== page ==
Story at a glance
- A survey released by More in Common found that most Americans remember the civil rights movement for its nonviolent protests and leaders, including Martin Luther King Jr. and Rosa Parks.
- After King and Parks, Americans listed Brown v. Board of Education, the Selma march and the Civil Rights Act of 1964 among the top five events they remember.
- Most Americans surveyed agreed that all students should learn about leaders other than King and Parks, as well as the successes brought by the movement and the struggles faced by those involved.
Most Americans support teaching a thorough history of the civil rights movement and appreciate the historical significance of the era. But few can name pivotal figures or moments apart from Martin Luther King Jr., Rosa Parks and the March on Washington, according to a new survey.
The survey released by More in Common found that most Americans remember the period for its nonviolent protests and leaders, including King and Rosa Parks. Yet most “appear to lack robust knowledge” of the era, and memories are murky when an event experienced pushback or encountered riots and violence. Many surveyed were unable to list five events from the period.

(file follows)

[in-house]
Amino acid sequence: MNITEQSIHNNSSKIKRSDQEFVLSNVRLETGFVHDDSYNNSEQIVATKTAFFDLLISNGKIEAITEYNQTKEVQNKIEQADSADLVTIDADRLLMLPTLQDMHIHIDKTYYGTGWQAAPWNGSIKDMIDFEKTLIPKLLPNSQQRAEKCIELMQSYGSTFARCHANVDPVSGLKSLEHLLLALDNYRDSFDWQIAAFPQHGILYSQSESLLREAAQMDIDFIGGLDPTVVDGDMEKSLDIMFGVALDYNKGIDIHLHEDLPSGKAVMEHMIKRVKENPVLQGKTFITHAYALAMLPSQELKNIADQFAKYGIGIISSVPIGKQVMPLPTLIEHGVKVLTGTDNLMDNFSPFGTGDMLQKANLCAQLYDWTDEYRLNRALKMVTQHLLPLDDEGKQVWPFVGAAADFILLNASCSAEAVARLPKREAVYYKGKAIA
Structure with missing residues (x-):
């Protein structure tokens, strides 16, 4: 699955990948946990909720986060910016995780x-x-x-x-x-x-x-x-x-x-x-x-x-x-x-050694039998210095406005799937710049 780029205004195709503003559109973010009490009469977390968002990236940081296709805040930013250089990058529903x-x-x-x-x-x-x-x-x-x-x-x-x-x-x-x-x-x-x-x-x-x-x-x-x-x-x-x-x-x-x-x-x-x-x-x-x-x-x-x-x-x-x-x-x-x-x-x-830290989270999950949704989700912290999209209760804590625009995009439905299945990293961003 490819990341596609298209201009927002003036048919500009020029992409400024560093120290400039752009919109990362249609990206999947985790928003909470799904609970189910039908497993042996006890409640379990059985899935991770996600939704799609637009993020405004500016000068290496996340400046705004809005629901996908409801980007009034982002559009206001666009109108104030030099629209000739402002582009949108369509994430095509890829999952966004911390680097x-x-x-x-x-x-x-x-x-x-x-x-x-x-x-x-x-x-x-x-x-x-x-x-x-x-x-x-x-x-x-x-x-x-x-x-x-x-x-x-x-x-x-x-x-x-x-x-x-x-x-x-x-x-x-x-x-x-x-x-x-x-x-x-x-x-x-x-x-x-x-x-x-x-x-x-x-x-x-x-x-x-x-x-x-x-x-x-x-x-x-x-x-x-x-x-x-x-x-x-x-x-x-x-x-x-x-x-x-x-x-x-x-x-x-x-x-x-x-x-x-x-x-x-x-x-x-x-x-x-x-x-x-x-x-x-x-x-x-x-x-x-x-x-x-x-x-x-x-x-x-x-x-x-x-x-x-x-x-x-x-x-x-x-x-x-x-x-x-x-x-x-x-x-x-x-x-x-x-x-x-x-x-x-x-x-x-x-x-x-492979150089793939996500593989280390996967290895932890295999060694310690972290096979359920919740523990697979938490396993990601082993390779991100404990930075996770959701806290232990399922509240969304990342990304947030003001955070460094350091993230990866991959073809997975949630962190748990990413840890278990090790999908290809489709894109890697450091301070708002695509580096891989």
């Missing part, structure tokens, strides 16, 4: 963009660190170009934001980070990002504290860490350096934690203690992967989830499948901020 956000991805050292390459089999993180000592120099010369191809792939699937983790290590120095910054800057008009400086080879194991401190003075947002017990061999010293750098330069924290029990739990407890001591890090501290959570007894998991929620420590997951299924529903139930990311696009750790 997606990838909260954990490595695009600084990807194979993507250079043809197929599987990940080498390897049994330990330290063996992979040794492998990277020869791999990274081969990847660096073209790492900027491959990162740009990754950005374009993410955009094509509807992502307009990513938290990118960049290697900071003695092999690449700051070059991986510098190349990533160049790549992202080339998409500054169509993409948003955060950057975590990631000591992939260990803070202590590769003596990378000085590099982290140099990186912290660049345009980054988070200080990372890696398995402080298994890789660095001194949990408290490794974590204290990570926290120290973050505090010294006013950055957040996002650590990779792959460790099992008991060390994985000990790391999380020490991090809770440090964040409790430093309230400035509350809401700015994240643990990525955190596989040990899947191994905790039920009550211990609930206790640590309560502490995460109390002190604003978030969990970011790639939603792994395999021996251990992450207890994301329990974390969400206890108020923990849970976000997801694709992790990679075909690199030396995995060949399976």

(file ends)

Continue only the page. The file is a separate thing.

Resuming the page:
After King and Parks, Americans listed Brown v. Board of Education, the Selma march and the Civil Rights Act of 1964 among the top five events they remember.
“The anniversary of the March on Washington on August 28 is a moment to remember the voices and events from that era,” Coco Xu, the research analyst for More in Common U.S. who led the study, said in a statement. “But it’s clear to us that there are many civil rights leaders whose roles in the struggle are unknown to most Americans.”
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Despite their own knowledge of the era, most Americans believe in a robust teaching of the civil rights movement. Around 77 percent of those surveyed agreed that all students should learn about leaders other than King and Parks. Another nearly 80 percent agreed that students should learn both successes brought by the movement and the struggles faced by those involved.
Overall, more than three-quarters believe the movement “advanced the values of freedom and equality” in the U.S. and view it as an “important example of Americans exercising their right to protest.” Sixty-four percent believe that it is always appropriate to engage in nonviolent protests.
“The civil rights movement isn’t a static event in our history but the collection of decades of events, leaders and activists pushing for change,” Xu said.
“The broad support among Americans for learning more about the movement suggests that there are opportunities to deepen our shared understanding and honor the movement’s legacy,” Xu concluded.
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